The new clause would also give us an opportunity to consider the impact of each Finance Bill on local government expenditure. We could decide whether the legislation would have a positive or a negative impact, depending on the cuts in discretionary expenditure from which local authorities suffer, which have affected litter and parks and the general environment. Because of financial constraints, many cities do not now have the pleasant environment they once had, but the new clause would enable Parliament to examine those systematically every year. I could add to the list. We could debate the Bill's impact on housing and on the work environment in terms of health and safety expenditure.

I hope that the new clause will command support. Parliament should look at our position in Europe and at the contribution that Europe makes to establishing high environmental standards. In that context, we should criticise neither our contributions and gains from environmental issues nor the financial requirements that they place on European Union Governments. Such topics could be debated annually in Parliament to discover whether Europe's environmental influence on EU Governments was positive or negative. Such debates would have a significant effect on our policies in Europe in the ensuing year.

We have a chance to boost jobs and to put Britain at the head not just of the European environmental debate but of the world debate on that subject. As my hon. Friend the Member for Bristol, South said, boosting the technologies of industries that are trying to benefit the environment would result in a major boost for jobs in the years ahead. As we said in Committee, we are ahead of the field at the moment. We need to stay ahead, and the new clause would show all industries that Parliament and the Government mean business on the environment.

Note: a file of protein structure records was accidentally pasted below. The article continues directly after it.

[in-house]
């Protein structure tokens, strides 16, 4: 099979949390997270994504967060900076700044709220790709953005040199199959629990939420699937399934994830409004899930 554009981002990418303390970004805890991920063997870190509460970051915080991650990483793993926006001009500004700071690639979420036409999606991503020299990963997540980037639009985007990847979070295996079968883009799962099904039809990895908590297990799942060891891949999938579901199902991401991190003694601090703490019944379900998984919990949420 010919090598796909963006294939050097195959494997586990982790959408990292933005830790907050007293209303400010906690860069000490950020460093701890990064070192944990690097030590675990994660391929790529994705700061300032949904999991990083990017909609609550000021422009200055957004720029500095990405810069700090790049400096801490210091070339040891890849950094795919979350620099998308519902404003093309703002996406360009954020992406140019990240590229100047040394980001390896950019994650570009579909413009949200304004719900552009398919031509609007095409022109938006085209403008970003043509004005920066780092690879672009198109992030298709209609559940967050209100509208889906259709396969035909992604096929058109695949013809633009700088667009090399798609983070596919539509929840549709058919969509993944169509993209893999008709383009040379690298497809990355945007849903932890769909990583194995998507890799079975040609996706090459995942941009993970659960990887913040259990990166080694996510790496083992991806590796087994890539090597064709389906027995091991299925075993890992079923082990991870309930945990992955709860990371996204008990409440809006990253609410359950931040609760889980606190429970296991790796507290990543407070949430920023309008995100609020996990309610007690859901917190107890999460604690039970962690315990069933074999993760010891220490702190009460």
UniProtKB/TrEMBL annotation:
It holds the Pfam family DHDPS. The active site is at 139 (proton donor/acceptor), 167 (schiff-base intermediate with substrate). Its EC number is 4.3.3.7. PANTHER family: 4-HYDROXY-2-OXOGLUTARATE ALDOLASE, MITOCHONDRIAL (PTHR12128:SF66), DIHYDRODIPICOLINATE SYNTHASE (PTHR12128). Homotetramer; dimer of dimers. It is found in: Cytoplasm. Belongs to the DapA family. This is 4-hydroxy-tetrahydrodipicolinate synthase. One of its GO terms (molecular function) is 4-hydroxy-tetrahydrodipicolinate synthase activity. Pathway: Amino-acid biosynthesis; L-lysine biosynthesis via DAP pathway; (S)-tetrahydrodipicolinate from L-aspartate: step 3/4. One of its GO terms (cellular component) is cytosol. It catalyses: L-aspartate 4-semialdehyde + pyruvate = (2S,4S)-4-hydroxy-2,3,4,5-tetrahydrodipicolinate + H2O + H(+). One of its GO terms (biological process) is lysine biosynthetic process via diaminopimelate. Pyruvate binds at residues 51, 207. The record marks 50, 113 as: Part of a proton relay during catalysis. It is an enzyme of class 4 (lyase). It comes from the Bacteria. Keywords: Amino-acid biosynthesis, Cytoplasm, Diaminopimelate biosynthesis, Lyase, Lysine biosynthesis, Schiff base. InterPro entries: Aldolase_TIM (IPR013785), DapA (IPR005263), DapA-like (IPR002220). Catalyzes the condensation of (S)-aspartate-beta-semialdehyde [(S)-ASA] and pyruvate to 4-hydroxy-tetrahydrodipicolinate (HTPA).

8.15 pm
Mr. Heathcoat-Amory

I agreed with the first few paragraphs of the speech made by the hon. Member for Bristol, South (Ms Primarolo) about the importance of the environment and about the need to improve environmental standards. There is no difference between the parties on that: we have shared aims in that respect. Economic growth can be fully compatible with protecting the environment, and economic failure and decline can bring their own environmental problems.